Fecal incontinence is a common gastrointestinal problem, affecting up to 1 in 3 adults. At GI Associates of Maryland in Waldorf, Maryland, the team of experienced gastroenterologists provides complete care for fecal incontinence, including prescription medication, dietary guidance, bowel training, and surgery. No matter your symptoms, relief is possible. Call the GI Associates of Maryland office today to schedule treatment for fecal incontinence, or book your appointment online.
Fecal incontinence causes involuntary bowel movements. The leakage is uncontrollable and occurs with little or no warning. Almost everyone experiences fecal incontinence occasionally, but if it becomes a problem, identifying the cause is essential.
Fecal incontinence symptoms include:
In severe cases, fecal incontinence causes a complete loss of bowel control.
Fecal incontinence occurs for various reasons, including weak muscles in the rectum and anus. If these muscles don’t work correctly, stool can leak out before you can get to the toilet. If you have an underlying medical condition that affects your ability to feel your bowel movements, you might not “recognize the signal” to use the bathroom.
Anyone can experience fecal incontinence, but it’s recurring in older adults with medical conditions like rectal prolapse or chronic constipation.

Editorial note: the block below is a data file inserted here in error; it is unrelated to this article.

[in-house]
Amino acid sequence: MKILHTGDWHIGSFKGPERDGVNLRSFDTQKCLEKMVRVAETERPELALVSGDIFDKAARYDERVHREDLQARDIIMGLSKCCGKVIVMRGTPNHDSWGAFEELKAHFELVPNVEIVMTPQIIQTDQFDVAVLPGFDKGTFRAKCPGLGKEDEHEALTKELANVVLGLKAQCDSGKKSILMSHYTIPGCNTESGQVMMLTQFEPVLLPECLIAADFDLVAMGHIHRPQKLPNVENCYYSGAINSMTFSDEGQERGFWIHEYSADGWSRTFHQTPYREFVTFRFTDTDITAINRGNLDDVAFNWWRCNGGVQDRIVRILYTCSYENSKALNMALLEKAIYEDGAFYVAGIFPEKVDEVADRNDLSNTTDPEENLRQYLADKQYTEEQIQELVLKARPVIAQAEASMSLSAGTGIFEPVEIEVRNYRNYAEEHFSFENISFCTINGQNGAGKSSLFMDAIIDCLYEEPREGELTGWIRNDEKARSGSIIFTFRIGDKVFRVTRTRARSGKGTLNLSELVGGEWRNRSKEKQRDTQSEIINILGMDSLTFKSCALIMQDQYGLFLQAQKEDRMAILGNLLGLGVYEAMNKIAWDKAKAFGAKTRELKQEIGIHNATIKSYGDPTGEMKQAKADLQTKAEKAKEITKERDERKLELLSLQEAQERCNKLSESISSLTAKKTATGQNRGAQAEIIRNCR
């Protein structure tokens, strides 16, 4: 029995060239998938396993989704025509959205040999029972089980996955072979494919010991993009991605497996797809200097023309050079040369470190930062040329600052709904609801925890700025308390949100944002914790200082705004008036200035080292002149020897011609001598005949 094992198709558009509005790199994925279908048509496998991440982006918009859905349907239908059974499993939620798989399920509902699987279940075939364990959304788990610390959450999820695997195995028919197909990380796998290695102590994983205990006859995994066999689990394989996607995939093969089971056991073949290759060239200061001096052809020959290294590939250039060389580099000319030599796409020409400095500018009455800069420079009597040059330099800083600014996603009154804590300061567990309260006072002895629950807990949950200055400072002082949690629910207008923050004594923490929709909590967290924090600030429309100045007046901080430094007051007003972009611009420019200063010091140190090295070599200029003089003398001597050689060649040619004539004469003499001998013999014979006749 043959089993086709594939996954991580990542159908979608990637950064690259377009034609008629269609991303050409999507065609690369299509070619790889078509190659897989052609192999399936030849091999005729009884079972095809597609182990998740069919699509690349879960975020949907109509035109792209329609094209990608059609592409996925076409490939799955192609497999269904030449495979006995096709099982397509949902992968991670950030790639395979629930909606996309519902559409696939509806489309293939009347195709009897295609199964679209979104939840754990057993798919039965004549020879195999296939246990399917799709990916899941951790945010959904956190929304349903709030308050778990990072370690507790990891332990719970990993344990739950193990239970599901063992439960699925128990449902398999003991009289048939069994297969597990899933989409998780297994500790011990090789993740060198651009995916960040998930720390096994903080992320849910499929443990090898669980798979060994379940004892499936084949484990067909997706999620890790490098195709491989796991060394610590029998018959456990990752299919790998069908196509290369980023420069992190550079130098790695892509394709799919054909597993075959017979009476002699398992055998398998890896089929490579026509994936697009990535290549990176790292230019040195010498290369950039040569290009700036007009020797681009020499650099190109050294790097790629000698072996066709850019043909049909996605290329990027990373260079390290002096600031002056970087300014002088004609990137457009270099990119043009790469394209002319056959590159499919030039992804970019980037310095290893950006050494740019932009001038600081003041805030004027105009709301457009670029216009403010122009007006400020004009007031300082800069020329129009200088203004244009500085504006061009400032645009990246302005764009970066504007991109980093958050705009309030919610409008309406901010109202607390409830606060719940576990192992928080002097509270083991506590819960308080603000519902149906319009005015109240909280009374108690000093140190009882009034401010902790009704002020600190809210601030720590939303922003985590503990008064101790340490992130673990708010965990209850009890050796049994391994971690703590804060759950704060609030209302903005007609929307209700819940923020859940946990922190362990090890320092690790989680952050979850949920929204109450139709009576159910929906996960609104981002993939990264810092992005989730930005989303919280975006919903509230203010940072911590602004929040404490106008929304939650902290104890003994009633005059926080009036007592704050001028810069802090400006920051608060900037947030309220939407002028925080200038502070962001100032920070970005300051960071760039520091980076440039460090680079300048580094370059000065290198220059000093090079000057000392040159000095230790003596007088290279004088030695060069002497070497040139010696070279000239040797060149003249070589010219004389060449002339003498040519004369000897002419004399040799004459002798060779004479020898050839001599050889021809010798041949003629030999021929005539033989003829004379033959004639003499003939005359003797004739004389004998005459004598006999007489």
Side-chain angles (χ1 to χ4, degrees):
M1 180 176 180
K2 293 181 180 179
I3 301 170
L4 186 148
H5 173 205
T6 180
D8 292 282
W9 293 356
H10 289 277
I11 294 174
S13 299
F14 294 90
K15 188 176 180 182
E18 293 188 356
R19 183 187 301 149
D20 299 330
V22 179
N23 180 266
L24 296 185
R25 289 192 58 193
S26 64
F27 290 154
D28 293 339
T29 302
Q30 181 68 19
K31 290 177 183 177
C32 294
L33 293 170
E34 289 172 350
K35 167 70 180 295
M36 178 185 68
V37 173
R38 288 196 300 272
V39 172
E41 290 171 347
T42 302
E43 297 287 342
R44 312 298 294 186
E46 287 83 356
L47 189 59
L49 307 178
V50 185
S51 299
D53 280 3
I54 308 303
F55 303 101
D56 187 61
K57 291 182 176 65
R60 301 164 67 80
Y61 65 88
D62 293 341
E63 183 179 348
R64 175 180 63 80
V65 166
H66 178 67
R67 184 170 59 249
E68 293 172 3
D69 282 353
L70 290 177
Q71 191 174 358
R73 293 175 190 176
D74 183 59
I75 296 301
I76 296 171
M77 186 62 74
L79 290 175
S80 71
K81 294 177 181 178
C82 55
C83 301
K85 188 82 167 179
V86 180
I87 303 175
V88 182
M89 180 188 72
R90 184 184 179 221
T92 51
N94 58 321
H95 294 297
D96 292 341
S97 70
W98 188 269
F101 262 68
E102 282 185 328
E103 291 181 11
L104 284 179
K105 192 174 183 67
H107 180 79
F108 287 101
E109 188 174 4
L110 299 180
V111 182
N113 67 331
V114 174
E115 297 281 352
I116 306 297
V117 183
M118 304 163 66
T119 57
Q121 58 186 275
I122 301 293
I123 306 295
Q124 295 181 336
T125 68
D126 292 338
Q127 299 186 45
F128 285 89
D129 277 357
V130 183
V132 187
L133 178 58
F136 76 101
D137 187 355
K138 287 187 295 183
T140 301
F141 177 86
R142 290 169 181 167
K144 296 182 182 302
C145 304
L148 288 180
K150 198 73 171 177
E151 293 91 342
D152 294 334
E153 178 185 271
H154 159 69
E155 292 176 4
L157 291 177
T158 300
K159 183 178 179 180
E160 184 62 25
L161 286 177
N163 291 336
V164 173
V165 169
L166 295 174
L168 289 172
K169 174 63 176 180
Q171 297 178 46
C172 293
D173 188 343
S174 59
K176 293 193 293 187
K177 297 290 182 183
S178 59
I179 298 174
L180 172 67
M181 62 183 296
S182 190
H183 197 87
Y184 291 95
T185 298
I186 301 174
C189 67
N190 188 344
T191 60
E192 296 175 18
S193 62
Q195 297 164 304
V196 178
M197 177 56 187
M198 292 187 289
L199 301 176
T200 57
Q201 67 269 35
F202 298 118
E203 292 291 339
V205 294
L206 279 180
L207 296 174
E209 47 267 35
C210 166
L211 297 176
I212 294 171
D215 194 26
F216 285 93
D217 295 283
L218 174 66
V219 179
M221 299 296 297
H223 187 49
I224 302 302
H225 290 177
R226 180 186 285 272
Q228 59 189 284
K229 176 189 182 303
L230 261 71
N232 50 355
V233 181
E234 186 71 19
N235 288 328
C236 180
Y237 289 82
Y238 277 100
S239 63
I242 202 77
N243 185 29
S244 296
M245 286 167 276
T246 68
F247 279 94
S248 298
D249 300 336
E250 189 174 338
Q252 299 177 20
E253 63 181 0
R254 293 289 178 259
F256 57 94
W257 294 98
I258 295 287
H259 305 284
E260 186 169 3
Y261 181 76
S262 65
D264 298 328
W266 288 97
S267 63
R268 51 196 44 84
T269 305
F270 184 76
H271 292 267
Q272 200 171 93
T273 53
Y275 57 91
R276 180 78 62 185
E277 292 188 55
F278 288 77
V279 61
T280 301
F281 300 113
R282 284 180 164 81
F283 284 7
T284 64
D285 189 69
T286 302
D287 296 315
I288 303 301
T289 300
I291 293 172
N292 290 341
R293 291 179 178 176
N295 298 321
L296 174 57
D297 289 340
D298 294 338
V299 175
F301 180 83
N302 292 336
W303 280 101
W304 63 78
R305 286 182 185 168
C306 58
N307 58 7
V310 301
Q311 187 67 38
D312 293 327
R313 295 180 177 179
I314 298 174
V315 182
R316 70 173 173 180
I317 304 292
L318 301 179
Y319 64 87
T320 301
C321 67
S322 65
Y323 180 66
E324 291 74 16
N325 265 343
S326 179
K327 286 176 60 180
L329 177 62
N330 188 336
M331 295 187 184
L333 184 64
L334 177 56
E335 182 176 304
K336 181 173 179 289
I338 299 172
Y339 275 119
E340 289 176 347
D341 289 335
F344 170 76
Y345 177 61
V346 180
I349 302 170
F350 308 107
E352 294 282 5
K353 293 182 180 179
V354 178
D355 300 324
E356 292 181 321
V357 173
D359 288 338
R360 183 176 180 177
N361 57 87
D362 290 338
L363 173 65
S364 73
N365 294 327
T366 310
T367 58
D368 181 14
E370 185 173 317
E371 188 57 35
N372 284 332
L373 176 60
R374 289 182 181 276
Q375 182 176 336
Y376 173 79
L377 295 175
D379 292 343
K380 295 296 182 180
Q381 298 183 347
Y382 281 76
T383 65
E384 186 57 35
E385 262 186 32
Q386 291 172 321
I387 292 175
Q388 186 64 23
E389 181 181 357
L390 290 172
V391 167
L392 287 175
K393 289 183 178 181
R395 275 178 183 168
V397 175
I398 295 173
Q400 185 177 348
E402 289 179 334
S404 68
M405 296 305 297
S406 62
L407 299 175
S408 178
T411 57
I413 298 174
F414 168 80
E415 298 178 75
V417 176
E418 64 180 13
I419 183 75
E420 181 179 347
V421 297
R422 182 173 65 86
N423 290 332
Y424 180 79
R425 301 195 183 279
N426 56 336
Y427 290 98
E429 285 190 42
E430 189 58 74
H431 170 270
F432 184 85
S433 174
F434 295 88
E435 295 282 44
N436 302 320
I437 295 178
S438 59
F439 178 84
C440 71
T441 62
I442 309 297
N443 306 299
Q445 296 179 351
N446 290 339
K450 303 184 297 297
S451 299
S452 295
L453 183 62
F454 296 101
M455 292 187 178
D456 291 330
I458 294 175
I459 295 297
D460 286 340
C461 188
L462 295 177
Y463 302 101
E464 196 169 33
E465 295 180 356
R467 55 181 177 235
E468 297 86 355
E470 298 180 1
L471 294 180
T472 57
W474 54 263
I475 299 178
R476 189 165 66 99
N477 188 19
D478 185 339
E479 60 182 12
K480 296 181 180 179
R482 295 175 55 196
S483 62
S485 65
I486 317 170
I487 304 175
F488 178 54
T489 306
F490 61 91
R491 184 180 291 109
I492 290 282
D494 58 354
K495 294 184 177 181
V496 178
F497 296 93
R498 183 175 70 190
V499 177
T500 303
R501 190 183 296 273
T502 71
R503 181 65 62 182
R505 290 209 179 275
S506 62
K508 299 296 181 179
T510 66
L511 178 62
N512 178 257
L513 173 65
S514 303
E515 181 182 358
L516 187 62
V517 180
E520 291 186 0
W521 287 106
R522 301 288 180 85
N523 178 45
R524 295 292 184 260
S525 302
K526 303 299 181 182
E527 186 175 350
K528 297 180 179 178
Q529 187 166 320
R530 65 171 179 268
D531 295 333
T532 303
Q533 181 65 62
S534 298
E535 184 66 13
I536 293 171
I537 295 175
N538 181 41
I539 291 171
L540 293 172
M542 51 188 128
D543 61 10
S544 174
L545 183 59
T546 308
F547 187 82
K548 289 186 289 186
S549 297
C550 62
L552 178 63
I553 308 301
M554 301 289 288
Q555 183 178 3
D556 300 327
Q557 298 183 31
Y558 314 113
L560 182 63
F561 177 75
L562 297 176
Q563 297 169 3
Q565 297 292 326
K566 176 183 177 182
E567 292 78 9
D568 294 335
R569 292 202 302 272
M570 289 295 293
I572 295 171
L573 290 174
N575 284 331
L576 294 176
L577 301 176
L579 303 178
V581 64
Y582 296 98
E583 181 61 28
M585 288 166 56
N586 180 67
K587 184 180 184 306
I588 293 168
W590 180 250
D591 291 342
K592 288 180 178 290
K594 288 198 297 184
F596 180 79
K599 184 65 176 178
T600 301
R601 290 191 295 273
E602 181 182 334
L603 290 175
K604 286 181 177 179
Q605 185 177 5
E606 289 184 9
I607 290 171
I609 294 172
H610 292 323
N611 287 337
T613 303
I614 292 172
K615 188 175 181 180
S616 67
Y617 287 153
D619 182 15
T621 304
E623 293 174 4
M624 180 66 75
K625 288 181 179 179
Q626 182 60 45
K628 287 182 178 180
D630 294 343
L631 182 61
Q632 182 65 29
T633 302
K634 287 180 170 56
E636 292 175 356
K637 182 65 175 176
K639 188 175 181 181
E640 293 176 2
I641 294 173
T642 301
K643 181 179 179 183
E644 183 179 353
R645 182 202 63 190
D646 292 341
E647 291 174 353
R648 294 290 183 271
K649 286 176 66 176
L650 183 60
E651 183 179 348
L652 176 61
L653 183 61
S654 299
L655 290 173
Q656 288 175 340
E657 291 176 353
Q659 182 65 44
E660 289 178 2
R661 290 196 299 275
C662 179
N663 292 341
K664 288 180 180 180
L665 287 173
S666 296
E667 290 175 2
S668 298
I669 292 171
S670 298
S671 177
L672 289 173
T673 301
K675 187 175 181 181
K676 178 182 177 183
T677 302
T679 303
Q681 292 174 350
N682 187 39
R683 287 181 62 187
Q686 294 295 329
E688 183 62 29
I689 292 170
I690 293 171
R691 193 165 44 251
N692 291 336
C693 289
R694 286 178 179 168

Your GI Associates of Maryland provider reviews your medical records, asks about your symptoms, and completes a physical exam. They order several tests, including:
This test assesses the strength of your anal sphincter muscles. During treatment, your provider inserts a thin tube into your anus, measuring the tightness of the sphincter.
Anal ultrasound uses high-frequency sound waves to capture detailed photos of your anal sphincter muscles and surrounding tissues, a quick and minimally invasive way to diagnose problems with the anus or rectum.
Proctography is a type of X-ray that evaluates the rectum. Specifically, it assesses how well your rectum holds and releases stool.
Treatment of fecal incontinence depends on the cause and severity of your symptoms. Your provider might recommend:
Your provider may recommend bowel training for weak muscles around your anus, which uses specific exercises to strengthen these muscles.
Surgery is rarely needed. GI Associates of Maryland offers minimally invasive and traditional open surgery to repair and replace damaged sphincter muscles.
Call the GI Associates of Maryland office today to explore the treatments for fecal incontinence, or book your appointment online.